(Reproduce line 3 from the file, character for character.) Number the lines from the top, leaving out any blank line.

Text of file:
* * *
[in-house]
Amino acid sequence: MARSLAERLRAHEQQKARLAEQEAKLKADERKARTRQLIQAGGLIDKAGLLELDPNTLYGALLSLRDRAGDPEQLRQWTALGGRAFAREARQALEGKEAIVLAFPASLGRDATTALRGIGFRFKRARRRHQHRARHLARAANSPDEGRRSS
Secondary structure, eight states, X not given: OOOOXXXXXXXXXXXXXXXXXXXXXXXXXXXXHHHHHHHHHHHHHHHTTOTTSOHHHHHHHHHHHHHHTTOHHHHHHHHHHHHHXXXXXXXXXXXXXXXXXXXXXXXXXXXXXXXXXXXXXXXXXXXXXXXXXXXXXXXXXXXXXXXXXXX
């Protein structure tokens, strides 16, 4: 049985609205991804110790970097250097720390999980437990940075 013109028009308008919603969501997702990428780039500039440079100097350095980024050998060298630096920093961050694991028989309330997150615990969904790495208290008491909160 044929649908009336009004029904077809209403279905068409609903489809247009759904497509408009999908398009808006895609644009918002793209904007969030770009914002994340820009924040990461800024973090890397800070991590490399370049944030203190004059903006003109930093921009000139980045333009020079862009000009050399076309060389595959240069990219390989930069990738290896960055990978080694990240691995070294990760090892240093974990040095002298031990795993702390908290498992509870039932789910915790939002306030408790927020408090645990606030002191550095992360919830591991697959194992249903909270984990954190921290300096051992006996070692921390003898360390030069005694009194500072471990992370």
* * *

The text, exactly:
Secondary structure, eight states, X not given: OOOOXXXXXXXXXXXXXXXXXXXXXXXXXXXXHHHHHHHHHHHHHHHTTOTTSOHHHHHHHHHHHHHHTTOHHHHHHHHHHHHHXXXXXXXXXXXXXXXXXXXXXXXXXXXXXXXXXXXXXXXXXXXXXXXXXXXXXXXXXXXXXXXXXXX